A levelling up and devolution angle for planning
Given the rebranding of the Ministry of Housing, Communities and Local Government and the appointment of ‘Levelling Up Minister’ Neil O’Brien MP, whose previous role was Levelling Up Adviser to the Cabinet Office, the department may well begin to focus on reducing spatial inequalities, and improving the economic opportunities in many of the former red-wall seats.  
Mr O’Brien’s appointment comes in the same month that the Housing, Communities and Local Government Commons Select Committee published its report “Progress on devolution in England”. That report calls for further progress on devolution via a devolution framework, across local government as whole – urban and rural, and from Council to community level. The Committee also recommends research into local tax revenue raising, such as local income tax – something which the SoS essentially dismissed in his interview with Policy Exchange.
Interestingly, Michael Gove has given his support to a new report, Trusting the People, the case for community-powered conservatism, which calls for a new model of local devolution, which would give communities greater control over public services.  Written by an influential group of Tory backbenchers, it argues for a re-boot of localism and a focus on community-led governance and initiatives.
This means deliberately putting our public services and local assets into the hands of mutuals, social enterprises and charities which are run by local people. It means making neighbourhood planning universal and the ultimate arbiter of local development. It means putting social and environmental responsibilities into the purpose of business, not just into their CSR brochures.”    
But in the immediate term, from a planning perspective, levelling up appear to be about appeasing south east based MPs.
The Prime Minister’s speech to the Tory Party conference emphasised the importance of land and home ownership, adding
there is [room] to build the homes that young families need in this country not on green fields. Not just jammed in the south east but beautiful homes on brownfield sites in places where homes make sense”.
Thus the levelling up mantra was linked to demand for homes in the South East ; his justification for “why levelling up works for the whole country” is that it “helps to take the pressure off parts of the overheating South East while simultaneously offering hope and opportunity to those areas that have felt left behind”. The South East (and specifically Buckinghamshire) being defined by:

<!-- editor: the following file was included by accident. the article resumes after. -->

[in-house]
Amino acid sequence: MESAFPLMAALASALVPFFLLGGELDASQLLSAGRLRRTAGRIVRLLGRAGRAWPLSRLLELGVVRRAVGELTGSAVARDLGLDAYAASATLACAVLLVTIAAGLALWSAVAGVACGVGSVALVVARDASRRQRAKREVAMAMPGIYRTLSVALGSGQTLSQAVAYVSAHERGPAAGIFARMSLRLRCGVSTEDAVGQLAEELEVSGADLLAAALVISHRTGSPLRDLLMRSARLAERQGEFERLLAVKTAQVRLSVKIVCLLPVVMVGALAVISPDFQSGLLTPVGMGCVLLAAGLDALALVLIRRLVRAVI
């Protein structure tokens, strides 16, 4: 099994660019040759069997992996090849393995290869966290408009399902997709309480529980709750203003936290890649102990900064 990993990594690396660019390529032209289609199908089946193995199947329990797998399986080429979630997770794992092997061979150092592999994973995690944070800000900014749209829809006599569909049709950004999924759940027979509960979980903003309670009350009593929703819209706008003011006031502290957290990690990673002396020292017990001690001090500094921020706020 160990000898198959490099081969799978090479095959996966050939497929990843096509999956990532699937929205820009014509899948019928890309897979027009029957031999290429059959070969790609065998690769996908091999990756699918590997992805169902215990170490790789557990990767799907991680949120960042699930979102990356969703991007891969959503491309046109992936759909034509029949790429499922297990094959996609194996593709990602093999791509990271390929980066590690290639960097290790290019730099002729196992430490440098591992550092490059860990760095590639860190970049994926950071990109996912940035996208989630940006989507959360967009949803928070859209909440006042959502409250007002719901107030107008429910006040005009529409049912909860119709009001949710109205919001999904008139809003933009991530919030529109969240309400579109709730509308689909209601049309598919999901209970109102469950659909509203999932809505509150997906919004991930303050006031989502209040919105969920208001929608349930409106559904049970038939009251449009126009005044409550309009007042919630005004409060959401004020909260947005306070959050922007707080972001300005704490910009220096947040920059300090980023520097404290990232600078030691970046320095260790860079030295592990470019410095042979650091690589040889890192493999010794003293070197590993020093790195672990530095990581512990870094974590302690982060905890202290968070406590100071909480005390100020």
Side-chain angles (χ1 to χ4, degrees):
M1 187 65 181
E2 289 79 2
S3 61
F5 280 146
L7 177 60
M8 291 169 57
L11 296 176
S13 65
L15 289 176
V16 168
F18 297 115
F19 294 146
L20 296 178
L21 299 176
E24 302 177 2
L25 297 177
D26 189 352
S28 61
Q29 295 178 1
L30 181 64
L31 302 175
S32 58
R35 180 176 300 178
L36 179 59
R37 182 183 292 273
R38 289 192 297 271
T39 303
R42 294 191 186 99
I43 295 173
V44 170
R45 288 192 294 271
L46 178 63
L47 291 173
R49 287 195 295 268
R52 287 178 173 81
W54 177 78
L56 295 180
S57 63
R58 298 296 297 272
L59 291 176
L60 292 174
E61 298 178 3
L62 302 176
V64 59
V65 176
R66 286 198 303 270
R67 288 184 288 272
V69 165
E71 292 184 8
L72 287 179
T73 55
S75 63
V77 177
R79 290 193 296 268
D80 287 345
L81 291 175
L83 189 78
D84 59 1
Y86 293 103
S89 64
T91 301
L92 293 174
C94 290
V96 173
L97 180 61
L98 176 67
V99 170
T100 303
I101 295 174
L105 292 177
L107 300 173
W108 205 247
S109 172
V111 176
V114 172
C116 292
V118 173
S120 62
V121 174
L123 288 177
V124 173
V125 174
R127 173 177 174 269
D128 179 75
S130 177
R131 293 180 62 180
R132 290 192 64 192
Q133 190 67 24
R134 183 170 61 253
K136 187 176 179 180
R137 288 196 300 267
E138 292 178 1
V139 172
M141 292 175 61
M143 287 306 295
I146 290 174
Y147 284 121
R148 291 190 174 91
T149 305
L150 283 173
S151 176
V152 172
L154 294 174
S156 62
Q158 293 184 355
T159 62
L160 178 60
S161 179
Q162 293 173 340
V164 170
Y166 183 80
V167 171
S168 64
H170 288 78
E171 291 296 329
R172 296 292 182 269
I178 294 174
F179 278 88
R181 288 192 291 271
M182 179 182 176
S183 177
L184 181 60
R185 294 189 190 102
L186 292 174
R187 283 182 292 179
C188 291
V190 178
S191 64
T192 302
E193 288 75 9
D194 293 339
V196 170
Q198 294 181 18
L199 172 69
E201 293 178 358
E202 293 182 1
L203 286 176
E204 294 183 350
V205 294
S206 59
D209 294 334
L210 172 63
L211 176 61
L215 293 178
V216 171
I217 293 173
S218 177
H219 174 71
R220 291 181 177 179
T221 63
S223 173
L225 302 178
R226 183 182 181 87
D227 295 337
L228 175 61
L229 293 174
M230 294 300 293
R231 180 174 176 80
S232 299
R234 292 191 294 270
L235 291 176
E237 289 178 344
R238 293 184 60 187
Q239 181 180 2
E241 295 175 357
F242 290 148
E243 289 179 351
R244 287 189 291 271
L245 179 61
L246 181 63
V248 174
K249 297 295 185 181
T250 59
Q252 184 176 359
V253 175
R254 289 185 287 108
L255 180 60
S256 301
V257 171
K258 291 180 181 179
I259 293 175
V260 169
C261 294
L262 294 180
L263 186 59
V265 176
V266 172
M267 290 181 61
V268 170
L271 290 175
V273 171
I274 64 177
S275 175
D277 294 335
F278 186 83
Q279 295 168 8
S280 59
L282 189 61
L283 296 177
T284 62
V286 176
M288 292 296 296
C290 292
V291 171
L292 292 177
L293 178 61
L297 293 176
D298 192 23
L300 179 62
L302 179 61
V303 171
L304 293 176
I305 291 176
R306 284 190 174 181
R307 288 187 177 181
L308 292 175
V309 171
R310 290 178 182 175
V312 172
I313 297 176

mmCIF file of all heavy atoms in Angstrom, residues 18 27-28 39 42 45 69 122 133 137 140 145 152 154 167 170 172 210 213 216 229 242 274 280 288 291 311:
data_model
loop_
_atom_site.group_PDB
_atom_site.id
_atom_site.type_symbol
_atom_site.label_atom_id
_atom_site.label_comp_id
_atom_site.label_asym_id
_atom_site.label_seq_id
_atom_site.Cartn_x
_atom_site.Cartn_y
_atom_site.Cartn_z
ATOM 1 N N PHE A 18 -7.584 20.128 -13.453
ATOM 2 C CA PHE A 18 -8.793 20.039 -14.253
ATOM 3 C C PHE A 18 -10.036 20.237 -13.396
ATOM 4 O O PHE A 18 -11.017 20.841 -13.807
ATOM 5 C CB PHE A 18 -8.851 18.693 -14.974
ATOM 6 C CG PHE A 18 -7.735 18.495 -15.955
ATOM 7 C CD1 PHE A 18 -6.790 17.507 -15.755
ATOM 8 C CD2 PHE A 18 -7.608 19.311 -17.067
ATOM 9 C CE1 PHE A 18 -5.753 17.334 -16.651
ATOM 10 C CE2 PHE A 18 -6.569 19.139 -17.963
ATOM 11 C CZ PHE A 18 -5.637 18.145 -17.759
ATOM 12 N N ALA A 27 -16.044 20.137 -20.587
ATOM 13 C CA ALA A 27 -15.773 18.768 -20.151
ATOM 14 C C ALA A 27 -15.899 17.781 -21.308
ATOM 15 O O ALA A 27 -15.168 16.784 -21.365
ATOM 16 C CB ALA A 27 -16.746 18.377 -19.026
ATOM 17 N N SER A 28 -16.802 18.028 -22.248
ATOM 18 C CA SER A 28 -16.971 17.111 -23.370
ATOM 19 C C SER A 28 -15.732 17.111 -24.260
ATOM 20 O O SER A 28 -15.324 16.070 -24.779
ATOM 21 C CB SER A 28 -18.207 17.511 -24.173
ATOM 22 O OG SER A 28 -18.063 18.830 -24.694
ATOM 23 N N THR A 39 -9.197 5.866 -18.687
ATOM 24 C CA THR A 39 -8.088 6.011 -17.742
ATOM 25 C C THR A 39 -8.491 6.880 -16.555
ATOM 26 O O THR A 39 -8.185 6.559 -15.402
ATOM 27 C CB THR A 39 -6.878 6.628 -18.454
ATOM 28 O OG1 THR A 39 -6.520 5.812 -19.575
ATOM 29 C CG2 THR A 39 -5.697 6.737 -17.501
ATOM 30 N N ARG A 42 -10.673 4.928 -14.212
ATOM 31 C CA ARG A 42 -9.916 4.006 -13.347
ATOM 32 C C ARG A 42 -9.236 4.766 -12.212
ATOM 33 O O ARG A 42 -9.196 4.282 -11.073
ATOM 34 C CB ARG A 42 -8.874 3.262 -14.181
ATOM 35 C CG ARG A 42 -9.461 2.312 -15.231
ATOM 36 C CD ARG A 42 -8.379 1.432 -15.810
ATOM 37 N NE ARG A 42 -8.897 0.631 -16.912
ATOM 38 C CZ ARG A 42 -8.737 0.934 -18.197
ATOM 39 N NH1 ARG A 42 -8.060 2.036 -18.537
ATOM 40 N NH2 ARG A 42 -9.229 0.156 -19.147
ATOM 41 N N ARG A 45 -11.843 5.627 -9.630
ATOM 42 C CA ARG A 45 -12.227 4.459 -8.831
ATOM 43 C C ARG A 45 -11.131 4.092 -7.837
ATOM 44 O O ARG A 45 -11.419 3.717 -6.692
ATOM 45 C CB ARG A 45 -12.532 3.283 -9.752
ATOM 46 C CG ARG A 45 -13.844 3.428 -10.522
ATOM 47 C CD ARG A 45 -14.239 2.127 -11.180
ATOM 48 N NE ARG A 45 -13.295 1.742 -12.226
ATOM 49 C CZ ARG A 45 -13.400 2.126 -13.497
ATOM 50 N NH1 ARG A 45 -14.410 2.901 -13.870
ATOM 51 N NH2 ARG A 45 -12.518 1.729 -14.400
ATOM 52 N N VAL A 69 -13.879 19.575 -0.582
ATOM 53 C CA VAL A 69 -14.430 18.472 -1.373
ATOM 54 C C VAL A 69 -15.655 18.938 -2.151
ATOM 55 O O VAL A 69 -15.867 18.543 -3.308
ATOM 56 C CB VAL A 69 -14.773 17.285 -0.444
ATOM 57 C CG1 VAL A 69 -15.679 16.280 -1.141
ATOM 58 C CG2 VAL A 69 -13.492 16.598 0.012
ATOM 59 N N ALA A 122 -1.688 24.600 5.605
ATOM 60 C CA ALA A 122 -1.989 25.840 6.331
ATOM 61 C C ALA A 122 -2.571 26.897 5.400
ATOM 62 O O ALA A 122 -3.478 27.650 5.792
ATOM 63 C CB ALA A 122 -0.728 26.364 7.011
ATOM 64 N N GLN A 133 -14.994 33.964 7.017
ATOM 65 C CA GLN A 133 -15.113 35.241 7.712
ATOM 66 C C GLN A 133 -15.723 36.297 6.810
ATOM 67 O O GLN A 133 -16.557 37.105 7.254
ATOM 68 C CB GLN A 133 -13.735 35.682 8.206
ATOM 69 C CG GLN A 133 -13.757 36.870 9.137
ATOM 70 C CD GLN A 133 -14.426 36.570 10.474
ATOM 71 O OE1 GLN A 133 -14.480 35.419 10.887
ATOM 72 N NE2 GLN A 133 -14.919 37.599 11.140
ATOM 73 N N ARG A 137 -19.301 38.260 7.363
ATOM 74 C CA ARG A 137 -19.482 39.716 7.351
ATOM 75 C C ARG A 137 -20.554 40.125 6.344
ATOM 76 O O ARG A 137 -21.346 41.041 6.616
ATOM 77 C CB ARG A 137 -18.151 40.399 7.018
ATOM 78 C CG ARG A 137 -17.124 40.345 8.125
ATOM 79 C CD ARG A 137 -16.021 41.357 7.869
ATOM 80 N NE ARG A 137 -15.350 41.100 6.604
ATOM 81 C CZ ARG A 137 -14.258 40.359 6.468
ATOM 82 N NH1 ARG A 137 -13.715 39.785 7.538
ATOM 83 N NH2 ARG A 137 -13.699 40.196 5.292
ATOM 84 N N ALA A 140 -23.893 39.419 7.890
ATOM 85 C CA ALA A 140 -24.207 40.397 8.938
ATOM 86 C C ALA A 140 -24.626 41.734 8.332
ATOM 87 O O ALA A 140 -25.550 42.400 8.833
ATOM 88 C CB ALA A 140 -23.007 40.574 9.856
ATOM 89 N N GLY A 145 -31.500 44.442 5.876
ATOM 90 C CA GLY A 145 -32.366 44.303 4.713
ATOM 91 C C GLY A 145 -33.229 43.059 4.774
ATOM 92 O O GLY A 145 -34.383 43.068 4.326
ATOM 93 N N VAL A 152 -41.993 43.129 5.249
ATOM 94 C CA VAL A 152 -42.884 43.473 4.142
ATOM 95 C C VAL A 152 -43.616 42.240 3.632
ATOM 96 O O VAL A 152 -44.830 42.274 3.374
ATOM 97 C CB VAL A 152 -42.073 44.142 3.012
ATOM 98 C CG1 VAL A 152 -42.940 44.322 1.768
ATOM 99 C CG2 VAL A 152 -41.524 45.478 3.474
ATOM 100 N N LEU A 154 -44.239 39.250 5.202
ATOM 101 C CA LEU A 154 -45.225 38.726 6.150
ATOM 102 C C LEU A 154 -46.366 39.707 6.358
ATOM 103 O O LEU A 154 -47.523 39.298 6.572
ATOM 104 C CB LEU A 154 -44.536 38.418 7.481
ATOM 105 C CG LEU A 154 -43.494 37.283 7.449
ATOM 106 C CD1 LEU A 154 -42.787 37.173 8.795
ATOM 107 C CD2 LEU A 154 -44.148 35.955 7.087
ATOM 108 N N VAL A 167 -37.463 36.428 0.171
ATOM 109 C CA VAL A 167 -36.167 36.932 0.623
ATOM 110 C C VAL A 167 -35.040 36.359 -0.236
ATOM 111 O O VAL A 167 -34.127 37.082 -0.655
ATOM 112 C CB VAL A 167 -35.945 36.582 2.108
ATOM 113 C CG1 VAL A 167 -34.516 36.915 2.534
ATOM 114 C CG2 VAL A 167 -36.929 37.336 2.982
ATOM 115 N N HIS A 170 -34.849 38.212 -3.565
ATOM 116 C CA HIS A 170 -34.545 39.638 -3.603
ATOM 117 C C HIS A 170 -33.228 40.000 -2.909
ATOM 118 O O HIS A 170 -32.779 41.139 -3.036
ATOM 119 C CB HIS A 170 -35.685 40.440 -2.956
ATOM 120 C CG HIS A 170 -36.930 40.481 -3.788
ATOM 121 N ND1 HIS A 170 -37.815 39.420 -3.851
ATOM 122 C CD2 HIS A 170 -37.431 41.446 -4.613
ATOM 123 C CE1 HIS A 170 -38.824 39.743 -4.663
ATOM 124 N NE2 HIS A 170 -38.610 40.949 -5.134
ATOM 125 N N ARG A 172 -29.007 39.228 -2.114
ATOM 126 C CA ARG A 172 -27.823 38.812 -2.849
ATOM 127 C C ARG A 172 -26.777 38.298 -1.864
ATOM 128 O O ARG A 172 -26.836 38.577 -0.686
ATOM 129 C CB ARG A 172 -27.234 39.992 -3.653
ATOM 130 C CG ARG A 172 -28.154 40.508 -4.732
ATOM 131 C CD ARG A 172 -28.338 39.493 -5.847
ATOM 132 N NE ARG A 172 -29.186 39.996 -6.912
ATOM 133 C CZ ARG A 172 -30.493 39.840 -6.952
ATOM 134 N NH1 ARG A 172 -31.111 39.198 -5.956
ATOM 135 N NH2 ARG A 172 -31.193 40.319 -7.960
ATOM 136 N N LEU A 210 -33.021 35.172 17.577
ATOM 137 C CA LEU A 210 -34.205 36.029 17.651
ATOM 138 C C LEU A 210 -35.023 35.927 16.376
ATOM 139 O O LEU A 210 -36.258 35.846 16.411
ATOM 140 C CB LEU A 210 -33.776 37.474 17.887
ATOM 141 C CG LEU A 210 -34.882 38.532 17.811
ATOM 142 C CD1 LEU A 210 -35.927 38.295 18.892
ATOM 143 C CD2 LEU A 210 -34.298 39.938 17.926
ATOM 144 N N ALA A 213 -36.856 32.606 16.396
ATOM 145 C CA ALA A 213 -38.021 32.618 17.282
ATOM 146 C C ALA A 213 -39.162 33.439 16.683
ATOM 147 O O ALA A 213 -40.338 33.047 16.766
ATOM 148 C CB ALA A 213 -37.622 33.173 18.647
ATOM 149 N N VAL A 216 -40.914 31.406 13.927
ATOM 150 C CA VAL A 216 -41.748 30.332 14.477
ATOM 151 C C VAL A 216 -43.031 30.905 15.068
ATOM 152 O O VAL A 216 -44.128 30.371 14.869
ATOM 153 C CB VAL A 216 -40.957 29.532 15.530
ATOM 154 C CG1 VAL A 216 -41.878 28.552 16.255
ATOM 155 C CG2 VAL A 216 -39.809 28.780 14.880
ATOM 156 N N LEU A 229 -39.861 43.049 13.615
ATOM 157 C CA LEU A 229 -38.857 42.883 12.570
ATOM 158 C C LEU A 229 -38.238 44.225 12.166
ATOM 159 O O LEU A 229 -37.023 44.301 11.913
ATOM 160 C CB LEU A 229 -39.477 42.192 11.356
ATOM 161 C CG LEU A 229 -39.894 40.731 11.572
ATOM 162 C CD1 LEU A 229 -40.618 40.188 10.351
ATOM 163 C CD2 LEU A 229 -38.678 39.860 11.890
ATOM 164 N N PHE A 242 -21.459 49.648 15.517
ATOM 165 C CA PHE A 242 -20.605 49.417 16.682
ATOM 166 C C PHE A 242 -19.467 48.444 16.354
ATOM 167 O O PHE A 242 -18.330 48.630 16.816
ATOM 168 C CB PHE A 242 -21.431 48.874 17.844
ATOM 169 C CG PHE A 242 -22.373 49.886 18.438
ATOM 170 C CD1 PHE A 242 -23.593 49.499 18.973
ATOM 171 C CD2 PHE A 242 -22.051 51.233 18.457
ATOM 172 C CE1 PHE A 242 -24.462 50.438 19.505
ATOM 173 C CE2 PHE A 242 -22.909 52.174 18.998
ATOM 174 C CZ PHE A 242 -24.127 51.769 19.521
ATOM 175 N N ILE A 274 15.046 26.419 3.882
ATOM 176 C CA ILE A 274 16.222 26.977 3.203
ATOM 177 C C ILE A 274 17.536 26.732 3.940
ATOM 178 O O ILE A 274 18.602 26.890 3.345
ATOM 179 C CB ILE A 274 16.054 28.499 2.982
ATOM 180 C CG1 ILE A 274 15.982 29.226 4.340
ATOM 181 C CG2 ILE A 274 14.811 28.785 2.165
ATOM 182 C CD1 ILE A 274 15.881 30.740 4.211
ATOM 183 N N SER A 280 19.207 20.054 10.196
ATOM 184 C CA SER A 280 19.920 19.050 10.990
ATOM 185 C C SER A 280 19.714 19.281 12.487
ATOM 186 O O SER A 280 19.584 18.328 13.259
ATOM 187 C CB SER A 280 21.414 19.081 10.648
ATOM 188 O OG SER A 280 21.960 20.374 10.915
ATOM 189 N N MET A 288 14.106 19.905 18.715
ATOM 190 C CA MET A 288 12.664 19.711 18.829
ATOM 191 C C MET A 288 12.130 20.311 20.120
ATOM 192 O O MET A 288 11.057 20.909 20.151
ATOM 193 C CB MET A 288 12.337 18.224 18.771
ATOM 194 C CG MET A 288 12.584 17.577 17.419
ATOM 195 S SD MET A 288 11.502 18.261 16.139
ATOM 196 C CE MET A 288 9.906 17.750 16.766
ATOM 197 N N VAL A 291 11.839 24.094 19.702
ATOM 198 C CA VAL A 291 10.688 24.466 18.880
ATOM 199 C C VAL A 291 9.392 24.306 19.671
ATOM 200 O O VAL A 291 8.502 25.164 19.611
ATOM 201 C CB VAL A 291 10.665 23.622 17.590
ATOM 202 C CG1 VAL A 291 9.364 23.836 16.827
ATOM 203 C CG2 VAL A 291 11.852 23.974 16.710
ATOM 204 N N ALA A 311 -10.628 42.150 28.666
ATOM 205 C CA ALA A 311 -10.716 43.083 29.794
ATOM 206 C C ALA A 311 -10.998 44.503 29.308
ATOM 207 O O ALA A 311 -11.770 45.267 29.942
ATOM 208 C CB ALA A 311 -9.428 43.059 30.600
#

“Overcrowded trains. Endless commutes. Too little time with the kids. The constant anxiety that your immemorial view of chalk downland is going to be desecrated by ugly new homes”.
However, Research undertaken by Lichfields (NLP) in 2014 remains relevant and shows that that there is nowhere near enough brownfield land, in any region, to meet housing needs.
The Prime Minister’s focus was on north versus south, with no reference to the need to level up within various regions of the country, including the south east, although the SoS Levelling Up Minister touched on this in interviews and articles.
Mr O’Brien has appeared in several interviews recently explaining levelling up, notably on Newsnight and in his piece for The Guardian "Levelling up isn’t about north or south, or city or town. It’s about restoring local pride".
In the latter Mr O’Brien said:
“In the coming weeks, the levelling up white paper and spending review will set out our next steps to achieve our four goals – and how we’ll measure progress”.
The Autumn Budget will take place on 27 October 2021.

DLUHC, Ambitious plans to drive levelling up agendaThe Times, Planning reforms will ban ‘ugly’ new-buildsThe Guardian, Michael Gove to push homebuilding in the north of EnglandConservative Home, “Levelling up works for the whole country” – the Prime Minister’s conference speech in fullPolicy Exchange YouTube Channel, Book launch of 'Broken Heartlands', Rt Hon Michael Gove MP in-conversation with Sebastian PayneConservatives, A decent, tolerant party delivering for Britain